Five Air Travel Changes Needed Immediately So I Don’t Go Insane

Judging from the title, you might think this essay will be bashing the airline industry. Far from it. I actually think they do a pretty good job of transporting me from here to there.

For instance, just yesterday, I flew from Phoenix to Chicago’s O’Hare airport in about three hours. Three hours. Do you know what a miracle that is? To go from Arizona to Illinois in the time it takes to have a long lunch with friends?

I did this while sitting in a comfortable seat in a tube five miles above the earth. The crew was pleasant. They made sure I didn’t die of thirst and even offered me the chance to buy a snack in case I was too dumb to eat at the airport. The plane was equipped with clean restrooms in case I needed to relieve myself while flying at over 500 miles per hour, or splash water on my face, even though I would never put the water from an airplane restroom anywhere near my face. But it was nice that it was available just in case a bucket of paint dropped from the overhead bin and spilled all over me or something like that.

That’s pretty amazing, when you think about it.

My beef isn’t with the airlines, the airplane (which didn’t even break down mid-air, killing us), or the pilot, who got us there safely and stood in the cockpit saying a friendly goodbye as we all left the aircraft. What’s needed are just a few minor changes by the airlines and a few major changes by airline passengers. This is all geared toward one goal: allow me to travel without it ruining my day or going insane.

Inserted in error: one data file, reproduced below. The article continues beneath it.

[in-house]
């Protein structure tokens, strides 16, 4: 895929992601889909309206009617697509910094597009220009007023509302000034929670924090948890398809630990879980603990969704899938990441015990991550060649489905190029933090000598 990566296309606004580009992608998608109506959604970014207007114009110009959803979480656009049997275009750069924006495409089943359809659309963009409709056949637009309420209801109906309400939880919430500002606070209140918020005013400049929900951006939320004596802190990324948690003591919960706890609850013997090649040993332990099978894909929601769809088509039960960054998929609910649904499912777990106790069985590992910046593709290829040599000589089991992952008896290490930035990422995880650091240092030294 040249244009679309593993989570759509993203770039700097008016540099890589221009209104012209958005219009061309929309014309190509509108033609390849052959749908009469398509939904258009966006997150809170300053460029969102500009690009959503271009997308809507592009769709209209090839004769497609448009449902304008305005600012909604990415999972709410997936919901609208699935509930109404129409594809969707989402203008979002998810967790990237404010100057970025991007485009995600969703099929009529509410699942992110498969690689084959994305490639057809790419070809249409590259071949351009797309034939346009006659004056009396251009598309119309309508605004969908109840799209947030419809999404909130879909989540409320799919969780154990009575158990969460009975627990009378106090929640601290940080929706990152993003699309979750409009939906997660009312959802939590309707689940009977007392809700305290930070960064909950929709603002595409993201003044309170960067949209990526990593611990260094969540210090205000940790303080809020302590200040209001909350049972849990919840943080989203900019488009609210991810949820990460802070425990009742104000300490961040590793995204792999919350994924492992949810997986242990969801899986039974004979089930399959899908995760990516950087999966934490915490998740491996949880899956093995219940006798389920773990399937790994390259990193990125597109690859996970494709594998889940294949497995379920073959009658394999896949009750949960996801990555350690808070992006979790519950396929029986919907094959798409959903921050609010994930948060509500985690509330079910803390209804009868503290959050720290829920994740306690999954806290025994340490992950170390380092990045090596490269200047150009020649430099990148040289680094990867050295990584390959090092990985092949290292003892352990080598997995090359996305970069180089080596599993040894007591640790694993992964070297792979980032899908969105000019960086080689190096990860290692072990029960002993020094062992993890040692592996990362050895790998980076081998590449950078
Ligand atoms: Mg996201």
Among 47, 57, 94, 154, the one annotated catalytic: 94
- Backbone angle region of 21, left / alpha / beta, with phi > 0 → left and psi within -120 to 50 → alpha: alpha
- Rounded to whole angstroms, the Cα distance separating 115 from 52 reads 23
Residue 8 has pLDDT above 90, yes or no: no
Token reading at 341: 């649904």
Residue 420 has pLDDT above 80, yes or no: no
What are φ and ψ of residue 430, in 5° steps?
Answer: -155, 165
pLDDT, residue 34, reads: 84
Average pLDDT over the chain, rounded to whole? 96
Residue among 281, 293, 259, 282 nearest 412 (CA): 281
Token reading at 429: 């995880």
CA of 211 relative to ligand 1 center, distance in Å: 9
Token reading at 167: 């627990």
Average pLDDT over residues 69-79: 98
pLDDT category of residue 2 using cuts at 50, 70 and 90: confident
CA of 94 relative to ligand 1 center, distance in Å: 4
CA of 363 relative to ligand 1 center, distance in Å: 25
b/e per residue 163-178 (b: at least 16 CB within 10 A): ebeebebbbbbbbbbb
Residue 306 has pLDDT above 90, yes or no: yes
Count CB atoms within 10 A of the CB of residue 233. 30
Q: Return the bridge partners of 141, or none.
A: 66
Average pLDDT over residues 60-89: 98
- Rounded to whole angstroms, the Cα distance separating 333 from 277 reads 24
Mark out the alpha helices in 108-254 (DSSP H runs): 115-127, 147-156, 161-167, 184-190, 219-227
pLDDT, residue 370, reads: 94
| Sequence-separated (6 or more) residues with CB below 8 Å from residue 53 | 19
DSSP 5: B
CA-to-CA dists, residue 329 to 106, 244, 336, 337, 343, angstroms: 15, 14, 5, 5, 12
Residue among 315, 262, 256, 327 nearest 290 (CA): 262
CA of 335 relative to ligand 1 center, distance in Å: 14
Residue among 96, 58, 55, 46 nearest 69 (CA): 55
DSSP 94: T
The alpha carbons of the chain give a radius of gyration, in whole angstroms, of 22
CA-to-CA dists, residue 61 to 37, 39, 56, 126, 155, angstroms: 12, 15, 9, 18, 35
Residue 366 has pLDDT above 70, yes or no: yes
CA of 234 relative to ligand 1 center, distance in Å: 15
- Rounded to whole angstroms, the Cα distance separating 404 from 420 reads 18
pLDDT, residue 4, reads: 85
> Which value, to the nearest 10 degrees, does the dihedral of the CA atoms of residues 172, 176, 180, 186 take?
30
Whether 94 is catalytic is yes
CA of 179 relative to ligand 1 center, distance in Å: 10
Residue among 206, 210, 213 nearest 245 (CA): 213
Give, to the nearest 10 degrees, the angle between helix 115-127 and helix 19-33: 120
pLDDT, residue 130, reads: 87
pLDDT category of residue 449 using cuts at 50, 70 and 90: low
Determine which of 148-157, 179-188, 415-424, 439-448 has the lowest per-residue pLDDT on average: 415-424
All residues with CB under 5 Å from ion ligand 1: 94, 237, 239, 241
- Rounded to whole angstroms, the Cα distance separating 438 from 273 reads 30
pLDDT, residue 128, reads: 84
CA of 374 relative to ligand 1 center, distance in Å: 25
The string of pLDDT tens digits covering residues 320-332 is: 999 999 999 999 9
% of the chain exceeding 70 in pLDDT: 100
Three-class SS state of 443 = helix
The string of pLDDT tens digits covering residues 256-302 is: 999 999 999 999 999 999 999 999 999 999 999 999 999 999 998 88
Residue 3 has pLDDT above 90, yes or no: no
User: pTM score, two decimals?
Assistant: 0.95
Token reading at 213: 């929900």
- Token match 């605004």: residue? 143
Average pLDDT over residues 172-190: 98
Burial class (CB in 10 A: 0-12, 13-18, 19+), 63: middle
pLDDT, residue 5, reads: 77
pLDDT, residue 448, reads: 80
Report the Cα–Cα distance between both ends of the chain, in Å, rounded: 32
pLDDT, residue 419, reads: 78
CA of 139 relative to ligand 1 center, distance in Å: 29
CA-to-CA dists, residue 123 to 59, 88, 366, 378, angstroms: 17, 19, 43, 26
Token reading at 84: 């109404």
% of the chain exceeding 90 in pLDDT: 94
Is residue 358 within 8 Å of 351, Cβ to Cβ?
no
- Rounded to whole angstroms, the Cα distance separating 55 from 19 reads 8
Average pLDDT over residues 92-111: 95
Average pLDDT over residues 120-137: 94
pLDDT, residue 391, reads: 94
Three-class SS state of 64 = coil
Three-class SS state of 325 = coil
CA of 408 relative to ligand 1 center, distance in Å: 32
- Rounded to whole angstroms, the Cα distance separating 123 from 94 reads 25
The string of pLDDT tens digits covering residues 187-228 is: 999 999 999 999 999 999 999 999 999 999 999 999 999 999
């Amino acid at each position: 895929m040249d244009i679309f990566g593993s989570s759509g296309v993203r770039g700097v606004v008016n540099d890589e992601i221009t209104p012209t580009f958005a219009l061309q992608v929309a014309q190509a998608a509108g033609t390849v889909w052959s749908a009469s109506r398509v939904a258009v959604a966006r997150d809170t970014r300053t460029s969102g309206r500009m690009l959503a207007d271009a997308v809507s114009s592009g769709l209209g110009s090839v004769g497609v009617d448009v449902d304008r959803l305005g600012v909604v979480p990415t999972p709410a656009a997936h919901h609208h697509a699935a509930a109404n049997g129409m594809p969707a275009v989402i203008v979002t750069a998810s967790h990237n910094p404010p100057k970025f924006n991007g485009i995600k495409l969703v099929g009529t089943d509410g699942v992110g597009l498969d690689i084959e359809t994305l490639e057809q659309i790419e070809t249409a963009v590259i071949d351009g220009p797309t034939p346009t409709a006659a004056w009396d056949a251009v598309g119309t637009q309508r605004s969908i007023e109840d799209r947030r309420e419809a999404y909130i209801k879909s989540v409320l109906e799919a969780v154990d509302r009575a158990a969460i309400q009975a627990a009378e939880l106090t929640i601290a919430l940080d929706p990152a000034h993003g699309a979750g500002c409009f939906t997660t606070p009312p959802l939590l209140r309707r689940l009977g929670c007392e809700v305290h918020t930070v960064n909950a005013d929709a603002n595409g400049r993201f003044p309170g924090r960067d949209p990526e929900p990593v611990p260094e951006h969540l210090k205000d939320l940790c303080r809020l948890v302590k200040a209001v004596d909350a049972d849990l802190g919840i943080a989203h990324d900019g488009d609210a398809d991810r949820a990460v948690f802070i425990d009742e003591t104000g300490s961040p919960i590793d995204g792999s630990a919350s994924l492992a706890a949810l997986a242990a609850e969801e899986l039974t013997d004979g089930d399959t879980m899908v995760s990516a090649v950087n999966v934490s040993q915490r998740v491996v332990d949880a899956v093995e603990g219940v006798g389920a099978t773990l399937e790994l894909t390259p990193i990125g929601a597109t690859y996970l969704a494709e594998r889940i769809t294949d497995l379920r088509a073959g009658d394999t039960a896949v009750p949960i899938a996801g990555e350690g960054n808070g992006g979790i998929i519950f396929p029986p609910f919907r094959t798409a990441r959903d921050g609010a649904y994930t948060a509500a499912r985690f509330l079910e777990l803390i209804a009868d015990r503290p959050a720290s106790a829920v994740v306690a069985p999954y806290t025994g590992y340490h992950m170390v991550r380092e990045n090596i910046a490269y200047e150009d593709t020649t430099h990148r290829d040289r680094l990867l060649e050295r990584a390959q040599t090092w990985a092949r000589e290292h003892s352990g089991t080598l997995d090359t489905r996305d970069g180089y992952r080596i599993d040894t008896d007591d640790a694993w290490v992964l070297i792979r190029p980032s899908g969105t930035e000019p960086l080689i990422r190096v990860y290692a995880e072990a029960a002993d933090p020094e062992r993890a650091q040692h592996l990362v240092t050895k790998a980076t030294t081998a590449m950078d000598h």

Here are my ideas for the urgent changes needed in air travel:

1) Every passenger should be required to pass a basic self-awareness test. It would show a certain competence in, say, understanding that talking at high volumes, bringing your unsedated cat on board who screams in terror the whole flight, or clipping your toenails on your way to Aruba are all unacceptable behaviors as a passenger on an airplane. (Yes, these are real-life examples.) I once saw a man whip out his electric razor and go to town right there in the waiting area for our plane. Bzzzzzzzzz. I kid you not. (Ever heard of a restroom? They have electric outlets these days.) These are the kinds of basic issues the test would need to cover. Self-Awareness 101, you might say.

The test would involve a basic understanding of social cues, too. Like when someone has headphones on, that’s code for, “I don’t want to chat.” By putting the headphones on (even if they aren’t listening to music), it saves them from having to personally reject you and hurt your feelings. So when someone sits next to a person with headphones on, they would automatically “get it” that they shouldn’t tap them on the arm and ask, “What are you listening to?” or “Are you going home or heading off on a vacation?”

Even though if the plane goes down you will now be instant best friends with the person next to you for around two minutes as you cling to one another sobbing, most people do not want to admit this, and just want to be strangers sitting next to each other for as long as conditions allow.

However, occasionally people do fall in love on a plane. I know two people who did that. So it’s okay to say hello and see where it goes. It’s just not okay to not get it that the other person doesn’t find you attractive or want to be your new best friend just because they are trapped sitting next to you.